of history has had its military super-power, and each super-power in turn
The Mongol Super-power:
The Mongol Empire was the largest in history, conquering the Chinese Empire
and Persian Empire. In 1238, the Mongols crossed the Volga River with 35,000
mounted archers backed by 70,000 Turks including Chinese siege equipment
for attacking walled cities. They conquered most Russian regions as well
as Crimea. In 1240, the Mongols captured Kiev and killed most of
its 50,000 inhabitants. An estimated 500,000 Kievan Rus’ (Russians,
Ukrainians, Byelorussians) died during the Mongol invasion. For several
centuries afterwards, regional khans continued attacking Russia.
For example, in 1382, the Golden Horde sieged Moscow, slaughtered 24,000
Muscovites, and took thousands of captives.
The Ottoman Super-power:
At the height of its power in the 1600s, the Ottoman Empire controlled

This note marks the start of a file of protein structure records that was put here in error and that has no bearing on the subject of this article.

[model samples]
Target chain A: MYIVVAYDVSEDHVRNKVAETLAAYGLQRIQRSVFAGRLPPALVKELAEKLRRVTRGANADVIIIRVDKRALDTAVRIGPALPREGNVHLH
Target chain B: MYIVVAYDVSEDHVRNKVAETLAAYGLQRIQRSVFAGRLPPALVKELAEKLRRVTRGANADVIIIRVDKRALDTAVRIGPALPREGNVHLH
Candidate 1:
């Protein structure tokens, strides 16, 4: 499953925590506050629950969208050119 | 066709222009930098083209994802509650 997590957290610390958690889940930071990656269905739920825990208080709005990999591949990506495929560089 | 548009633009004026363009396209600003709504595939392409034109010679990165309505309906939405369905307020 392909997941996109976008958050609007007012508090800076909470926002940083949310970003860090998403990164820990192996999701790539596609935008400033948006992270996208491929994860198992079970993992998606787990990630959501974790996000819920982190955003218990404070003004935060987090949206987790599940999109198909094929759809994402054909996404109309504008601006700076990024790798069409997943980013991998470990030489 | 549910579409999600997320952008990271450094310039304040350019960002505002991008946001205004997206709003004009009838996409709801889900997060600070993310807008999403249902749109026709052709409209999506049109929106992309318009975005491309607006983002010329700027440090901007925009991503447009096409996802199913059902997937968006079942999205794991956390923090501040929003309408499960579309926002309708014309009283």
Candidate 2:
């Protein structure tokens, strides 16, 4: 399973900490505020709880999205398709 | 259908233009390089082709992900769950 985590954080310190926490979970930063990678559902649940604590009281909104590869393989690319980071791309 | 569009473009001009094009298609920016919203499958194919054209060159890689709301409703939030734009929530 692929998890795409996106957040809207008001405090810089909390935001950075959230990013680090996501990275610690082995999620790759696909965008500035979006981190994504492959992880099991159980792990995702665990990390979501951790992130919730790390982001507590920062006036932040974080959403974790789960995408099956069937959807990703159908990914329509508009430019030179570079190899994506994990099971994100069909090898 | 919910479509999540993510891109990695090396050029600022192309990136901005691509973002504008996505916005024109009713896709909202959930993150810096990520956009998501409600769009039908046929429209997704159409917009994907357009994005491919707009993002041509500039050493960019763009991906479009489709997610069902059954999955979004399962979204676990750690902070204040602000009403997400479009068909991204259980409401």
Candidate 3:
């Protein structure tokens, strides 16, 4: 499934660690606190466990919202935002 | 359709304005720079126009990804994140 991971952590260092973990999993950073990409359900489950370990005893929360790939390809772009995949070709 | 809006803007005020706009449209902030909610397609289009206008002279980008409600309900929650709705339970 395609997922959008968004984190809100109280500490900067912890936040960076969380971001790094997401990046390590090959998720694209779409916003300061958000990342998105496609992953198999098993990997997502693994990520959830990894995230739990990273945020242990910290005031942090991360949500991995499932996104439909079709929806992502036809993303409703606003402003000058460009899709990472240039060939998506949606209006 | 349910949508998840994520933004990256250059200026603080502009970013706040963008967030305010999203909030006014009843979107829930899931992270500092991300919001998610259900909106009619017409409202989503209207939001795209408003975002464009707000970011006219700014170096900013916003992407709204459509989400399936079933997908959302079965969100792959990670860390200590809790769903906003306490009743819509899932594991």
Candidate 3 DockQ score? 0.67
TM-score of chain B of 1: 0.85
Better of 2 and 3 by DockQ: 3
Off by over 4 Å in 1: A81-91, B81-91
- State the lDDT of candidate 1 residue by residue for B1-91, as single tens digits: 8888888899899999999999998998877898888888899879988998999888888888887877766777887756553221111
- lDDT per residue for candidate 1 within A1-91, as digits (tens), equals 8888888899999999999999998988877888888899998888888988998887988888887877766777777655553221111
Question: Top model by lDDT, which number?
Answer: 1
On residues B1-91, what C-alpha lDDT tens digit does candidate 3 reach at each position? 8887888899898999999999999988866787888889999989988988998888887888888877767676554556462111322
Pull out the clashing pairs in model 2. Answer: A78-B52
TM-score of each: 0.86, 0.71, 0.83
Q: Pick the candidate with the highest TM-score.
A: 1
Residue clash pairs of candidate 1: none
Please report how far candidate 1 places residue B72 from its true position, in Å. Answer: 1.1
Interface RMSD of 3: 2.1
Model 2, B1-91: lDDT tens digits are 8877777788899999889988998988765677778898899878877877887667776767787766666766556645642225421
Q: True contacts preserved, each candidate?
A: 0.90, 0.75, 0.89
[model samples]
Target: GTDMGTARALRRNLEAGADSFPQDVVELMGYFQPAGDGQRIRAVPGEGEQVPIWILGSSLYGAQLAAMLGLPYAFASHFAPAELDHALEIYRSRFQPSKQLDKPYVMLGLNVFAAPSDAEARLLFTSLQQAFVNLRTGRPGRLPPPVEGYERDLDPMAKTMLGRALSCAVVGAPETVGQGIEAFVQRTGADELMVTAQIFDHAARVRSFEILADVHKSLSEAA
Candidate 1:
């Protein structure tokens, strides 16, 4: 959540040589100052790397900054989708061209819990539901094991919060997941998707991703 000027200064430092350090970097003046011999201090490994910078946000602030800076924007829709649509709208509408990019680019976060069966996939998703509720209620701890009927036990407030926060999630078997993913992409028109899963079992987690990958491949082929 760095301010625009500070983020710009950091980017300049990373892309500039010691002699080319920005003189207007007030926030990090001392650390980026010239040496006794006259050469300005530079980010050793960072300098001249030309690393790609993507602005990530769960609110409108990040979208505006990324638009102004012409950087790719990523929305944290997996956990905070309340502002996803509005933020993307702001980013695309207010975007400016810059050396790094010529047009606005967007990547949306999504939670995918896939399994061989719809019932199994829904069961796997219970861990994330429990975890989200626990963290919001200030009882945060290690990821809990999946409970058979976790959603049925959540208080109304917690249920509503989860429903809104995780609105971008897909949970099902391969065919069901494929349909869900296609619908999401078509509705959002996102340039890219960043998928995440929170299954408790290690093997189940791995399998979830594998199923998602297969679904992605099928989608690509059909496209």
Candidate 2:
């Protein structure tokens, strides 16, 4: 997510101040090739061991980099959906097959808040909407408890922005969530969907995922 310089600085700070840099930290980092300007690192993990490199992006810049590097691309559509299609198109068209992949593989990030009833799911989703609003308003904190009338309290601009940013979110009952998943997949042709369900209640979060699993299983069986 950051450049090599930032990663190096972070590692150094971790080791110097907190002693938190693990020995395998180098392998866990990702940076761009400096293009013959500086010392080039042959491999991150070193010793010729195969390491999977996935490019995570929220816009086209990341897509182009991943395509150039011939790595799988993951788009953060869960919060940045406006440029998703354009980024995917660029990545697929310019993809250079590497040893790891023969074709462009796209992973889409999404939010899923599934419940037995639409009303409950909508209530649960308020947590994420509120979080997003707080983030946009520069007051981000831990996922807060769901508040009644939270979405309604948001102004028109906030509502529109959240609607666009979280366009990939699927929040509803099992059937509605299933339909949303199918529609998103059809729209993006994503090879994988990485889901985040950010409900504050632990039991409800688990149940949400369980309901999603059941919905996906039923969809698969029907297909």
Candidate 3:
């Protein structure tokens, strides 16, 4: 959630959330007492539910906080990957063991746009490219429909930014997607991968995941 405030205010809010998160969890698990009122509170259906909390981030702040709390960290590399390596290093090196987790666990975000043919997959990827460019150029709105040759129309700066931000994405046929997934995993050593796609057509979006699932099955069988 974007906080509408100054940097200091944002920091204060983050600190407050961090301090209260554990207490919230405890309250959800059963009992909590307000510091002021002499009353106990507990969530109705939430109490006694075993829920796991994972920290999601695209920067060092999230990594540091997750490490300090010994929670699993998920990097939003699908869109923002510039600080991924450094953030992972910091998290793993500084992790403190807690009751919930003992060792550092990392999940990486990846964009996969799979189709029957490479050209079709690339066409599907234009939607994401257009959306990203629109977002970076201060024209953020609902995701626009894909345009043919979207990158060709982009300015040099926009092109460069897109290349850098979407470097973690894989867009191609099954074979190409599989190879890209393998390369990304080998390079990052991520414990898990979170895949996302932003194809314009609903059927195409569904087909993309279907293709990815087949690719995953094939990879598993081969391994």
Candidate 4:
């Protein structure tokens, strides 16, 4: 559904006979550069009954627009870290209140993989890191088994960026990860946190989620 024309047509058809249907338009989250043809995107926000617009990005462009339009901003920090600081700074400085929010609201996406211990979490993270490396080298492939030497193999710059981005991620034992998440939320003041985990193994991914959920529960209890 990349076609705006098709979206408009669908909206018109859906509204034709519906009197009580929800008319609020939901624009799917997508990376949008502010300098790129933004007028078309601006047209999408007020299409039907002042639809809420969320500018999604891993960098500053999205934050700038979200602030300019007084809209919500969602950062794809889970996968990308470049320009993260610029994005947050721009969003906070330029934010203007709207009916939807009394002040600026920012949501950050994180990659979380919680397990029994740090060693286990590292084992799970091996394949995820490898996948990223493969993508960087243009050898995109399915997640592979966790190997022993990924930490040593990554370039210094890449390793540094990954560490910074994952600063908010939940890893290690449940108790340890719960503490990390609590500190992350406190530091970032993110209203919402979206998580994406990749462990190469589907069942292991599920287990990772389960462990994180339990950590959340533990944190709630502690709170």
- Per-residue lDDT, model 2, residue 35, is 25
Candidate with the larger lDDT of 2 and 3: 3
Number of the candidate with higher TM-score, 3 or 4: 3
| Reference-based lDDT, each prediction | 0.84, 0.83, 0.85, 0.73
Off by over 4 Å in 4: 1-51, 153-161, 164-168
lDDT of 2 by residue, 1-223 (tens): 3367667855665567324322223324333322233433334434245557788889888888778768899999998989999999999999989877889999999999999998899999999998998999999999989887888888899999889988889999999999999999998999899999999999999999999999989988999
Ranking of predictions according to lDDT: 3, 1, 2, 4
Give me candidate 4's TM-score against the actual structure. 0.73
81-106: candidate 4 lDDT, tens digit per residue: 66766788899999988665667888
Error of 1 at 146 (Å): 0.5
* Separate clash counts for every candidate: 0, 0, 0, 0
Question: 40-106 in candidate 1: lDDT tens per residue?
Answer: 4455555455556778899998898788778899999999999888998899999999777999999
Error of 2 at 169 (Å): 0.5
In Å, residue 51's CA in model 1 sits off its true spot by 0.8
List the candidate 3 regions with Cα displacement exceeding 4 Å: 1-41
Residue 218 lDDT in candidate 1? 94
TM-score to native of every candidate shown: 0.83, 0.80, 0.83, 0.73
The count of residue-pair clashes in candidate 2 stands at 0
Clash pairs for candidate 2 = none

half of the Mediterranean world and all of the Black Sea and Red Sea regions.
The Crimean Tatars supplied the Ottoman slave trade by “harvesting the
steppe”, taking an estimated 2 million captives between 1500 and 1700.
For example, in 1571, a combined Crimean and Ottoman force of 120,000 invaded
Russia, burned Moscow, killed an estimated 80,000 Russians, and took 150,000
captives to slave markets in Crimea. Historians count more
than 50 Tatar attacks. The last “harvest” of Russians was in 1769.
In the 7th Russo-Turkish War, Russians conquered Crimea and finally freed
themselves from Tatar attacks and slavery. In 1783, Russia annexed
Crimea. This is the same time in history that the American colonies
finally freed themselves from oppressive British taxation.
The Napoleonic Super-power:
Napoleon harnessed the passionate ideals of the French Revolution to coercive
diplomacy and to new military tactics of massed armies and mobile artillery
and was thus invincible in conquering Continental Europe in only 9 years.
In 1812, Napoleon assembled the largest army Europe had ever seen, comprised
of an estimated 600,000 troops, including 98,000 from Poland. Although
Napoleon won battles at Vilnius, Smolensk and Borodino, the Russian strategy